Current Thinking

When Does a 401(k) Deferral Become a Catch-Up Contribution?

A recent call with an advisor involved a question on 401(k) catch-up contributions. The advisor asked: When does a 401(k) deferral become a catch-up contribution?”

An employee salary deferral becomes a catch-up contribution when it exceeds the lowest of the following three limits (See Treasury Regulation § 1.414(v)-1 ):

  • A statutory or legal limit (as explained below),
  • A plan-imposed limit stated in the plan document, or
  • The plan’s actual deferral percentage (ADP) limit on salary deferrals.

Salary deferrals above the lowest of these three limits will be considered catch-up contributions up to the annual catch-up maximum amount for a 401(k) plan (i.e., $7,500 for 2023).

Examples of a statutory or legal limit include the IRC § 402(g) limit (i.e., $22,500 for 2023) or the IRC § 415(c) annual additions limit (i.e., 100 percent of a participant’s compensation up to $66,000 for 2023). An example of a plan-imposed limit would be if the plan document were to specify that employee salary deferrals are limited to 10 percent of a participant’s annual compensation. Finally, a plan’s ADP limit on employee salary deferrals is determined by comparing the salary deferrals of the highly compensated employees (HCEs) to those of the non-highly compensated employees (NHCEs) and limiting deferrals for HCEs to a level that allows the plan to satisfy the ADP nondiscrimination test.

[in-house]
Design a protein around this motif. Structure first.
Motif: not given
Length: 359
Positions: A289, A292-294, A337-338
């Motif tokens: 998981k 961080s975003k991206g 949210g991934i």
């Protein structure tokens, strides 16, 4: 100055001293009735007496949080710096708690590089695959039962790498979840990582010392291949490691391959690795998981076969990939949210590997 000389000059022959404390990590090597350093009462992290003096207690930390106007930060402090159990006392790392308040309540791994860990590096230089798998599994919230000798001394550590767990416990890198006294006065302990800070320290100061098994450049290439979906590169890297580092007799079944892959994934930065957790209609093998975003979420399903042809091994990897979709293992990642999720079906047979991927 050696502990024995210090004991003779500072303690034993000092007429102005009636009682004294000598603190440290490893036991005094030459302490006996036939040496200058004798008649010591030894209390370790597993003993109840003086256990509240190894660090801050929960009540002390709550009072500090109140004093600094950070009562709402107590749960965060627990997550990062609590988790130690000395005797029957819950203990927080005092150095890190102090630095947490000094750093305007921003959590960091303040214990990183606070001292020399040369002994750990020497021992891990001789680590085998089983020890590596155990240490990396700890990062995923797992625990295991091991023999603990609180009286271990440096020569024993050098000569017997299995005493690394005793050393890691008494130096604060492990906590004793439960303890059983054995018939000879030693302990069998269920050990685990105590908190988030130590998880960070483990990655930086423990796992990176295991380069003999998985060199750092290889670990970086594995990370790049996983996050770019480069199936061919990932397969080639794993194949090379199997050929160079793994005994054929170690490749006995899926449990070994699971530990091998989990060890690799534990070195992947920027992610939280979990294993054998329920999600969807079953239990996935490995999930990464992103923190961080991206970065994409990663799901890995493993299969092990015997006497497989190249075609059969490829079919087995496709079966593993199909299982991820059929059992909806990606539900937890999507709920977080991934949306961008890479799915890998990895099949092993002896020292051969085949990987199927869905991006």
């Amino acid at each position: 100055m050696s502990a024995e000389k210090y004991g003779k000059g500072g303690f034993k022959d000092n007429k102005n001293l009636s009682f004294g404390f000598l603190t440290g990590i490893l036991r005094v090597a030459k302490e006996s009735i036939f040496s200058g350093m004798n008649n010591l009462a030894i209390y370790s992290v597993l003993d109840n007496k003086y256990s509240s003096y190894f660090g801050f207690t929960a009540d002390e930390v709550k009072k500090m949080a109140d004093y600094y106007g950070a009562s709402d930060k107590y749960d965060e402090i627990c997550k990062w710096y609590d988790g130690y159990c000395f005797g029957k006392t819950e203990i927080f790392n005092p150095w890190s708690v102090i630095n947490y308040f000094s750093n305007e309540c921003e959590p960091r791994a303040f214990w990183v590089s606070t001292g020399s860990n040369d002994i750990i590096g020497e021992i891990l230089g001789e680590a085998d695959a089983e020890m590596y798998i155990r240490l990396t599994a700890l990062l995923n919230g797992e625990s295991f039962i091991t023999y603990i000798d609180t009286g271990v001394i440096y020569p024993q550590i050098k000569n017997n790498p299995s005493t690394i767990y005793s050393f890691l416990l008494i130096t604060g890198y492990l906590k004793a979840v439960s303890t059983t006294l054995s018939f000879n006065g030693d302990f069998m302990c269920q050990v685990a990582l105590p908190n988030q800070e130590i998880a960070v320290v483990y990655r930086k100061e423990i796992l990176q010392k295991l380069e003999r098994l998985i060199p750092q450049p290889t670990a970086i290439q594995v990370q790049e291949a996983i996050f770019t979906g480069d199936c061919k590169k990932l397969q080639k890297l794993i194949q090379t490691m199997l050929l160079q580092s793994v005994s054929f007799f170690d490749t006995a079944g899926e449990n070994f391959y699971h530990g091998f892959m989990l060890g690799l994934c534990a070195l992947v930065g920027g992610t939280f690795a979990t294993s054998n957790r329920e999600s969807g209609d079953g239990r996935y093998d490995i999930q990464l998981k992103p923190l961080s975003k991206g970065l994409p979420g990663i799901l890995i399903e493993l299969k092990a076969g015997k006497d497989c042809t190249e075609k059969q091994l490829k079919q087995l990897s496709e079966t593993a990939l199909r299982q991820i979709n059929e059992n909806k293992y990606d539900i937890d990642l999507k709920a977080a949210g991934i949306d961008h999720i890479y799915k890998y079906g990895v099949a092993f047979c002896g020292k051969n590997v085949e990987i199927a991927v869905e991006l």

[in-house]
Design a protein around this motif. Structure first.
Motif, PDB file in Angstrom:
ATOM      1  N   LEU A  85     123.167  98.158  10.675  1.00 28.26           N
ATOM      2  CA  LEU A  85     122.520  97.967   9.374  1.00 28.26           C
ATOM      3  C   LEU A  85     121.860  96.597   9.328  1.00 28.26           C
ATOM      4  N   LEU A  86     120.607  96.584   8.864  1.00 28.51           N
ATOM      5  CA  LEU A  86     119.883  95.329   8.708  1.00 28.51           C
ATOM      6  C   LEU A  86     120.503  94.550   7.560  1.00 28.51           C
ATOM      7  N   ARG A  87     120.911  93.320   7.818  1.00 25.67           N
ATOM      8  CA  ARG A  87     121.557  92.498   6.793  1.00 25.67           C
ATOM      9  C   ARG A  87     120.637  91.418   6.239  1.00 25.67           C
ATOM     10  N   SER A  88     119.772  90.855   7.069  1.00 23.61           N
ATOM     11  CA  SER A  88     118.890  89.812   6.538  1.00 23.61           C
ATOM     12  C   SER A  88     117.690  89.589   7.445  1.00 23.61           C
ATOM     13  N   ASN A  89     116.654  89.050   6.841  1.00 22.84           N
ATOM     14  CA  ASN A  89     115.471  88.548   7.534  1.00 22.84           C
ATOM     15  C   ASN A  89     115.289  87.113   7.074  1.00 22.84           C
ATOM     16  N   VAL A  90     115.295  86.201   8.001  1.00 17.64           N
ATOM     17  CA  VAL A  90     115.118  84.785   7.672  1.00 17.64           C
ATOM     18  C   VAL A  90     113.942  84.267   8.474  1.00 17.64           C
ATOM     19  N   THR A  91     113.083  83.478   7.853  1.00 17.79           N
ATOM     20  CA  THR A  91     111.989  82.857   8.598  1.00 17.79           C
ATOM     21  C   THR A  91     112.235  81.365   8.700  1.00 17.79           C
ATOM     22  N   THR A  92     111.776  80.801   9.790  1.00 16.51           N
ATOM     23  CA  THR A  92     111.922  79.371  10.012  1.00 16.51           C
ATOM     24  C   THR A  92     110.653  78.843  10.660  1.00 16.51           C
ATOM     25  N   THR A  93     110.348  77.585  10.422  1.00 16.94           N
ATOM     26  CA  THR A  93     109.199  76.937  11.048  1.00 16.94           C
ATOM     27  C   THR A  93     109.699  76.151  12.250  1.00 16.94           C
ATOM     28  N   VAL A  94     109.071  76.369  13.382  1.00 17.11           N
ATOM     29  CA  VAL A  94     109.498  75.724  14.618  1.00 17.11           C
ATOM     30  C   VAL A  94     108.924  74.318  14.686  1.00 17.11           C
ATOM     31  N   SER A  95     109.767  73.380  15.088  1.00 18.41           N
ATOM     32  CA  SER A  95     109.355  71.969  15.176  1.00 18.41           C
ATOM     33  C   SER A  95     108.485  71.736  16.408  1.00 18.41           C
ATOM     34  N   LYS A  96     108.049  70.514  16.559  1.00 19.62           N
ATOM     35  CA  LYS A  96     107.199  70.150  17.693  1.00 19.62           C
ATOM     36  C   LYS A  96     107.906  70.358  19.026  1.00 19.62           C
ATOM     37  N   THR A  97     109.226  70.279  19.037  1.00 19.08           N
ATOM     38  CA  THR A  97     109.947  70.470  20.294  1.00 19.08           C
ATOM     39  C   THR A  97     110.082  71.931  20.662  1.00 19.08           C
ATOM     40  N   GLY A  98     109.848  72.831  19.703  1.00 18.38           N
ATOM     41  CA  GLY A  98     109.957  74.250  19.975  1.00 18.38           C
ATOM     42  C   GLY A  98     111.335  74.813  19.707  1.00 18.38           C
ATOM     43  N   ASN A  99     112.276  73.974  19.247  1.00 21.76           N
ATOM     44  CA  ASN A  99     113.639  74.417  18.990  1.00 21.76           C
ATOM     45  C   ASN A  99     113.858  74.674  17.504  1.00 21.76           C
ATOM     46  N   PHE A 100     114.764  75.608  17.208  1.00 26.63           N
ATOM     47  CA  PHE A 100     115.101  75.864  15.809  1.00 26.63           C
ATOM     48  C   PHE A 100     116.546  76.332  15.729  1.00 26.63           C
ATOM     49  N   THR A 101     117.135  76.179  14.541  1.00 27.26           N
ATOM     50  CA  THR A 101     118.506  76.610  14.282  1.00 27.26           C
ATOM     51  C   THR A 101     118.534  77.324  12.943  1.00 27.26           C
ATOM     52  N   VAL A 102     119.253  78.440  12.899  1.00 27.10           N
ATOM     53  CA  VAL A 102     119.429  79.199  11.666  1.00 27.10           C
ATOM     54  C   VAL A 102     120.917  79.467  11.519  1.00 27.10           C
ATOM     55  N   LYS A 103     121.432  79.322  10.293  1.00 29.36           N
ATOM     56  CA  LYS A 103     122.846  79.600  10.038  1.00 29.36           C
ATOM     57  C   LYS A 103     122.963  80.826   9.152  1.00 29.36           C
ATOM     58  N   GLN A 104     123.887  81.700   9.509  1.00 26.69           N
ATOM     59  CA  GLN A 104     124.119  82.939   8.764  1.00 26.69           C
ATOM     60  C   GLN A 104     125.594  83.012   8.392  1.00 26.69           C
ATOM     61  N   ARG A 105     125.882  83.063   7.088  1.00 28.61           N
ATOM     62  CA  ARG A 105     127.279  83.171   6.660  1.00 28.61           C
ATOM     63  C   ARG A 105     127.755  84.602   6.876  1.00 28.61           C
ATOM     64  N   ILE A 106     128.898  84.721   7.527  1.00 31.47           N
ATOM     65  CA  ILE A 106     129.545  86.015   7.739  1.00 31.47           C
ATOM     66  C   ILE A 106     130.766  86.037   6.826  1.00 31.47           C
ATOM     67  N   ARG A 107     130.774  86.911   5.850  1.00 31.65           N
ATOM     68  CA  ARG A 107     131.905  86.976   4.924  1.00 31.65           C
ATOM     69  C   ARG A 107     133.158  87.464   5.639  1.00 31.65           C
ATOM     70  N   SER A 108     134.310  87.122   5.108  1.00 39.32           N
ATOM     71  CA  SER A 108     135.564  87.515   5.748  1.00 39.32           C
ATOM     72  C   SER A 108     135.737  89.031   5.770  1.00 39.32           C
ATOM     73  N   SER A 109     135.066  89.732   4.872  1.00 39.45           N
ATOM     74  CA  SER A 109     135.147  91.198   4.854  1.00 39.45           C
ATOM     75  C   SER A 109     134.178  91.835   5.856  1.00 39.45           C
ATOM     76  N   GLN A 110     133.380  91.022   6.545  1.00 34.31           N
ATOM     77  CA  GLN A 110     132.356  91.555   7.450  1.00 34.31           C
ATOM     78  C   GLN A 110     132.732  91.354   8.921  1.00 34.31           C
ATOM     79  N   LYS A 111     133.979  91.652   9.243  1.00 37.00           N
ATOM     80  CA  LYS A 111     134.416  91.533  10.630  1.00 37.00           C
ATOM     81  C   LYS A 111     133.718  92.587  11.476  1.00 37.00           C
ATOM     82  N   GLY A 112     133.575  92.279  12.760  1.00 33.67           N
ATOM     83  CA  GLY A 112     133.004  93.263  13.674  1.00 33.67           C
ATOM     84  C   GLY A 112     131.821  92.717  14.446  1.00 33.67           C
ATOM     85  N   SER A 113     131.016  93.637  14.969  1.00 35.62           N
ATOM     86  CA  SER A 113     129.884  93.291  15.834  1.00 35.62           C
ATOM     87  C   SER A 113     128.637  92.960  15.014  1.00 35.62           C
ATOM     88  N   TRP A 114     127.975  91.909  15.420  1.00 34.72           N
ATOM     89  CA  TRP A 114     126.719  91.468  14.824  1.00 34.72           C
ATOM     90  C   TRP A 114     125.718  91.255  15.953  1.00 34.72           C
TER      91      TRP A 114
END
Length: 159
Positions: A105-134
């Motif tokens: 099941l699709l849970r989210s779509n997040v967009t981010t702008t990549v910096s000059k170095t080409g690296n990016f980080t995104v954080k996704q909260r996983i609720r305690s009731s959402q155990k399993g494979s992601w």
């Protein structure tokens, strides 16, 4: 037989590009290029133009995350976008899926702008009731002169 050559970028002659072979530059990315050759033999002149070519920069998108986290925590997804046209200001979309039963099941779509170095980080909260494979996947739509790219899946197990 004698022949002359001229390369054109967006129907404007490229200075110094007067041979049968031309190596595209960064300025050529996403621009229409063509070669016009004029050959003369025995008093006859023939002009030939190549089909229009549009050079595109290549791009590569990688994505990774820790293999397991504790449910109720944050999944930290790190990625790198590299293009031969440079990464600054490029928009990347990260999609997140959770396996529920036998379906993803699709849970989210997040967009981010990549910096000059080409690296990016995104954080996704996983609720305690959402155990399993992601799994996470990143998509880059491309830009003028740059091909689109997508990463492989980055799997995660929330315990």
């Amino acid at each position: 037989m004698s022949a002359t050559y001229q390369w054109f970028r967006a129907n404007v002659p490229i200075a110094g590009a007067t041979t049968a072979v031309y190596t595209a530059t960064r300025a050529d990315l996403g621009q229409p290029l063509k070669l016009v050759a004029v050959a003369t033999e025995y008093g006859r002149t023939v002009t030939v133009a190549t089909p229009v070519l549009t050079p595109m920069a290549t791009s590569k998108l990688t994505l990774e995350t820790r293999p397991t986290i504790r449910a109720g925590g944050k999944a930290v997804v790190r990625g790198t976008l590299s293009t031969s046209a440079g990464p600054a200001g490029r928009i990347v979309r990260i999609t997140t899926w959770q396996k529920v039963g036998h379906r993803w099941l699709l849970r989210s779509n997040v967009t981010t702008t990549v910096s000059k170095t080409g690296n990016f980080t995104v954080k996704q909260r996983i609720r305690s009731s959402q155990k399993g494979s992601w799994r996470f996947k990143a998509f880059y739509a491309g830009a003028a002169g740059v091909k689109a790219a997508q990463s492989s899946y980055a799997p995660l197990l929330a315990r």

Example: Rowan is a 55-year-old HCE who participates in a 401(k) plan he established for his firm. His compensation for the year is $100,000. The maximum IRC § 402(g) limit for 2023 is $22,500. The terms of the 401(k) plan document limit employee salary deferrals to 10% of compensation or, in Rowan’s case, $10,000. The plan administrator determines the salary deferral ADP limit for the year is $8,000.  The lesser of $22,500, $10,000 or $8,000 is $8,000. Therefore, any salary deferral Rowan would make above $8,000 (up to a maximum catch-up limit of $7,500 for 2023) would be considered a catch-up contribution.


There may be more to catch-up contributions than the average plan sponsor or advisor realizes. An employee salary deferral becomes a catch-up contribution when it exceeds the lowest of a legal limit, a plan-imposed limit or the plan’s ADP limit.